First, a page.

This is a rainy day blog. The day started out very early when a bat needed to be chased from out room. A few hours later the day dawned all blue, clear, and beautiful. If it stayed that way the afternoon would be hot and humid. But some overcast moved in gradually, so the day stayed relatively cool, and just as gradually the rain began, first just a mist, then a light sprinkle, then a drizzle, then it rained. It's the kind of rain that gets you wet when you're out in the rain forest even when you have boots and an umbrella. At least it isn't cold rain. Since the front stretches south of Puerto Limon, so it'll rain most of the afternoon.
The big find of the morning was a fishtail palm that had had its frond's secondary veins nipped to form a tent for bats, fuzzy white ewok sort of bats (but Honduran? Sure. Not.). Couldn't get a picture because the tent was low to the ground and back lit, and only later did someone think maybe an iphone set on selfie mode might have done the trick where fancy flash & lens had failed. These are really, really hard to find in the wild. You learn to look for the leaf tents among palms and heliconia. These were most certainly not the bats interrupting the Phactors' sleep.
None of us are cooking our Thanksgiving dinner so no preparations to make. Our modest contribution are 6 cans of cranberry jellied cranberry sauce, with and without whole berries. Since the cran(e)berry is one of the few native North American fruits to be domesticated, it isn't well known or easy to find down here in Costa Rica. The Ticos always regard the cranberry jelly with suspicion, and they like such things sweeter anyways. This dinner is done especially for us gringos, and having been here for this dinner many times, it's most appreciated. The Germans don't get cranberries either, or Turkey for that matter? (Why a European bird for your American holiday feast? Turkey is a native of North America. So why the name turkey? European taxonomists were a bit mixed up about where this bird was from.)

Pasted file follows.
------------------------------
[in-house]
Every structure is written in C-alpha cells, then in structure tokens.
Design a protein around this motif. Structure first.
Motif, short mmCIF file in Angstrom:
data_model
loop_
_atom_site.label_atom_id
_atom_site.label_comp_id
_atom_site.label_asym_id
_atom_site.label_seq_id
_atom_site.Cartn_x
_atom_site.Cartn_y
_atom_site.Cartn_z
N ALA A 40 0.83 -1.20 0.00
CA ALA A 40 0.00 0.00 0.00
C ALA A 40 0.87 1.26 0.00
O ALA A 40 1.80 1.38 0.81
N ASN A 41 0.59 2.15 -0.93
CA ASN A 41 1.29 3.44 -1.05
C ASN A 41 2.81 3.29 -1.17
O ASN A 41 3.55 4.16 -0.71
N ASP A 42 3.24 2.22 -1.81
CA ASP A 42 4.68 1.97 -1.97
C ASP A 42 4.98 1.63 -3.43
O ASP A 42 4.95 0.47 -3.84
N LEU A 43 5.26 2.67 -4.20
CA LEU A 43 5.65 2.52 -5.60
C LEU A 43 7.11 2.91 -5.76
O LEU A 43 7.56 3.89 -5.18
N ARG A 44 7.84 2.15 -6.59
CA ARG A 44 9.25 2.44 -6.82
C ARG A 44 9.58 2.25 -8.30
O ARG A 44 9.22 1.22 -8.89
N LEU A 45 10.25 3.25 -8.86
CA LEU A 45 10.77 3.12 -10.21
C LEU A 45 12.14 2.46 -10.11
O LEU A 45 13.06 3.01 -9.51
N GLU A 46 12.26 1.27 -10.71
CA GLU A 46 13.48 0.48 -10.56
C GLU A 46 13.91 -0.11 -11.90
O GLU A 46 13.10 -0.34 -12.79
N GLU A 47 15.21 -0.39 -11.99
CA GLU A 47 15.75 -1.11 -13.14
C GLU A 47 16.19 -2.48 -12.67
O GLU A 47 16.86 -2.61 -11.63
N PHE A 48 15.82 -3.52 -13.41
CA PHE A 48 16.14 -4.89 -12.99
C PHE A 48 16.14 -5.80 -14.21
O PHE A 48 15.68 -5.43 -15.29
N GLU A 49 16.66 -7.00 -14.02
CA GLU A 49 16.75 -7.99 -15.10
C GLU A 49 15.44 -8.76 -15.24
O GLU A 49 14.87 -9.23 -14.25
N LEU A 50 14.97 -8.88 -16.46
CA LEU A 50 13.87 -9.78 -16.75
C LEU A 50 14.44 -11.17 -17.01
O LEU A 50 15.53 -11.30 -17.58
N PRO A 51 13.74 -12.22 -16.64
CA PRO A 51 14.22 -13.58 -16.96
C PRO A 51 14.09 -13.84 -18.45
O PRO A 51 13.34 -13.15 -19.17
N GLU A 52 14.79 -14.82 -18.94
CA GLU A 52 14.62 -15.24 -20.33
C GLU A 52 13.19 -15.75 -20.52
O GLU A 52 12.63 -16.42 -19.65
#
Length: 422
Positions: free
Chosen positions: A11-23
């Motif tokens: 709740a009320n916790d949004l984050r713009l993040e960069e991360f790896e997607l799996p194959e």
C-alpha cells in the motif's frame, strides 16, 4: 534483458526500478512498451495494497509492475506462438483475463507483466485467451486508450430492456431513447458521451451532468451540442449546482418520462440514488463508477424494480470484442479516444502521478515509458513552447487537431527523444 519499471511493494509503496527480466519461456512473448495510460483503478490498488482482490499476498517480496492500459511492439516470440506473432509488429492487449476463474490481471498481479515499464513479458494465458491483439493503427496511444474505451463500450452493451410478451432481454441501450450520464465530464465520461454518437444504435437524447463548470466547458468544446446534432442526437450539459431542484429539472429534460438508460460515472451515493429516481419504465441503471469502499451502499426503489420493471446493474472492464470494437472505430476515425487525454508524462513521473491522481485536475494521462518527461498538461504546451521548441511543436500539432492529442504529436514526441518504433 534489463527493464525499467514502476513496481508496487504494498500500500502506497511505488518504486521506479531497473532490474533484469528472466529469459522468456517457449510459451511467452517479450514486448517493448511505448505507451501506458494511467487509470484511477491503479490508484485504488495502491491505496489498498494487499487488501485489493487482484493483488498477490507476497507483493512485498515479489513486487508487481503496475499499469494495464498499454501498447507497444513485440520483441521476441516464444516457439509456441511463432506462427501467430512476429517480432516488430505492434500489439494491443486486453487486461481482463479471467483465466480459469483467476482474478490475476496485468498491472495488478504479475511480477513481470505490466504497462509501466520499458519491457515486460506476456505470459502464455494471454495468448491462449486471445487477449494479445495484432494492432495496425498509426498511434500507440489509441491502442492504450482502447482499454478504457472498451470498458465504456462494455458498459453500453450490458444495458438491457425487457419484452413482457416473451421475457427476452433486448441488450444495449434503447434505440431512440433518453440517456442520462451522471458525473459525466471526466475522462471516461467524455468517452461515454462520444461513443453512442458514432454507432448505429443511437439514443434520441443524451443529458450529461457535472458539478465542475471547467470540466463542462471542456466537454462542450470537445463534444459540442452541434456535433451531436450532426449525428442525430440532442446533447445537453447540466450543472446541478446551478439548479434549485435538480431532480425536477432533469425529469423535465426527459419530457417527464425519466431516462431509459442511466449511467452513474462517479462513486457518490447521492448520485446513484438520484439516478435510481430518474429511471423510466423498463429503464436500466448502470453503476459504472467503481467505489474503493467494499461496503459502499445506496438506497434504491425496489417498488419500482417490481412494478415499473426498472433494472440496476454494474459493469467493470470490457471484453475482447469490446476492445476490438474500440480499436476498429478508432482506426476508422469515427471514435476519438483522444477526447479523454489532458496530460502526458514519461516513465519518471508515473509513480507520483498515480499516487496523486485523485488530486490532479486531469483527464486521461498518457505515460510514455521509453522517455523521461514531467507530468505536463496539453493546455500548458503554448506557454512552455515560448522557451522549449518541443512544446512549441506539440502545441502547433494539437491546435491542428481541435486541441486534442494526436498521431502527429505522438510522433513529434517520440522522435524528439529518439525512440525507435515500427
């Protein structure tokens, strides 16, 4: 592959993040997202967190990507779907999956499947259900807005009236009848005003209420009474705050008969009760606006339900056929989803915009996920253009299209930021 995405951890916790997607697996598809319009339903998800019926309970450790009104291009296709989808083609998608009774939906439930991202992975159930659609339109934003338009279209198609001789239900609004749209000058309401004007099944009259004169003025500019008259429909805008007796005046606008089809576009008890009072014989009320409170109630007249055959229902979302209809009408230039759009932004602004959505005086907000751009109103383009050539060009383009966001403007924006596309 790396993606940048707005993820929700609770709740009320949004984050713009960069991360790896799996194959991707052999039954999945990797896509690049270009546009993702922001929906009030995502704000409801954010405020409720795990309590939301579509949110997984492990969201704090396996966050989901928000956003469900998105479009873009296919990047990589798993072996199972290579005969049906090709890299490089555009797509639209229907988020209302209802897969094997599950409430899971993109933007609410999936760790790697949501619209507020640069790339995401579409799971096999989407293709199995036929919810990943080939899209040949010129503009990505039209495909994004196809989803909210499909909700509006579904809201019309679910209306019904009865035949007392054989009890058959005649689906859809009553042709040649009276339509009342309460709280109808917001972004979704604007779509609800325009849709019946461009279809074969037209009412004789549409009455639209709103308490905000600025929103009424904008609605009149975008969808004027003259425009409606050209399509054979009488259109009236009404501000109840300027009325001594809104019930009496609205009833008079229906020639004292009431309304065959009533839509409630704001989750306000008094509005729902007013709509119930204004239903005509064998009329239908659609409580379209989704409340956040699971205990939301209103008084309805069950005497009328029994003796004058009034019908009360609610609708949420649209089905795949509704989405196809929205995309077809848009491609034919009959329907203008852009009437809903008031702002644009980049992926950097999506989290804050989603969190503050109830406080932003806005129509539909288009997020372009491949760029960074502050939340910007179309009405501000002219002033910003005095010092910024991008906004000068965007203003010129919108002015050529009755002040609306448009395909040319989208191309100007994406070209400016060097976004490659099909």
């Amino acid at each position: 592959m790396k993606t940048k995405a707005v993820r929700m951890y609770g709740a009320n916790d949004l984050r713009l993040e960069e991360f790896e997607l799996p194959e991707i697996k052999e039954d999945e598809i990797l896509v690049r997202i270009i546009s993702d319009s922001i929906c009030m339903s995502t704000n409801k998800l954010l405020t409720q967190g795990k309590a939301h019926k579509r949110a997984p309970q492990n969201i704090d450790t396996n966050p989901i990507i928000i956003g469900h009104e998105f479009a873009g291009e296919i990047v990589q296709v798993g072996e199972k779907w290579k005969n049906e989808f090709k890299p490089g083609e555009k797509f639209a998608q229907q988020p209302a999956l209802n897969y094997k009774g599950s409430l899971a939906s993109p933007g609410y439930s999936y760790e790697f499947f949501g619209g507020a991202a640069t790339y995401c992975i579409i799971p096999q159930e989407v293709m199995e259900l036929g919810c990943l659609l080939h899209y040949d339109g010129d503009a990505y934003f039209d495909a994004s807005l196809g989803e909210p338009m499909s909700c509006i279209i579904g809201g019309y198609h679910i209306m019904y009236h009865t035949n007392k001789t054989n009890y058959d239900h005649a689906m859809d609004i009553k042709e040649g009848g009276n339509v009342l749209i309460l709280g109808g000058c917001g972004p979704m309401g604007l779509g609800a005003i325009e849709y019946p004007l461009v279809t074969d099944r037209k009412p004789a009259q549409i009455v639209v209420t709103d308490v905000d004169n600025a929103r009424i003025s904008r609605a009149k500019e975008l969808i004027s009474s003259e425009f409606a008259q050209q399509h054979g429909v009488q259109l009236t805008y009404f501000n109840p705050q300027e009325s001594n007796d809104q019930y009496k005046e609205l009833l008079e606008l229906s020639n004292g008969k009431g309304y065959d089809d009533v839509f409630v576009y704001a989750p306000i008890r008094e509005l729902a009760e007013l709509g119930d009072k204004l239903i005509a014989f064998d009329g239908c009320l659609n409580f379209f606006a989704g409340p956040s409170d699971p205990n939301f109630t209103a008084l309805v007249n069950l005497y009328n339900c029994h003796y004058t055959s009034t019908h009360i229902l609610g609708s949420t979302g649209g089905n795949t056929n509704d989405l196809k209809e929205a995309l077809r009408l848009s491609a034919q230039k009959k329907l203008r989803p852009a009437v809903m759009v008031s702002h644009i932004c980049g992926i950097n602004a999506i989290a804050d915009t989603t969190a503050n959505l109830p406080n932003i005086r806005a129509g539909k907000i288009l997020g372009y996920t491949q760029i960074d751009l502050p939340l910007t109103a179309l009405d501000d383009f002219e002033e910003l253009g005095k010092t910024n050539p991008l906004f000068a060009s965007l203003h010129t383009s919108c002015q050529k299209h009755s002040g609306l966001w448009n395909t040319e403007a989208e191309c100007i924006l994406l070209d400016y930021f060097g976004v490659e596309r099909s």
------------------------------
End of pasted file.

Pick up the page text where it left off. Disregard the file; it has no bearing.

It's fun to not be barraged by the horrible, negative news cycle in the USA, but then you start feeling guilty about not really giving a crap. You do really, but the break is such a relief. Costa Ricans have already asked if we would really even ever consider making Trump president showing that their contact with our fellow citizens is quite biased by mostly knowing the scientific types. This makes TPP think about immigrants and the immigration problem. The thing people in the USA don't understand is that Costa Ricans don't want to move to the USA, while most conservatives think that immigration to the USA is what ALL people want. If you want to fix the immigrant problem, the USA should do things that make people's lives better where they actually want to live and do live. Bullets and bombs don't do that. Think about it; Costa Rica doesn't have an army! How do you think they have the money to afford universal health care and free higher education?
Just to show you the deprivation TPP endures in the field, here's the view from a coffee drinking perch during the rain.
Why I'm Marching for Science
4 hours ago in Angry by Choice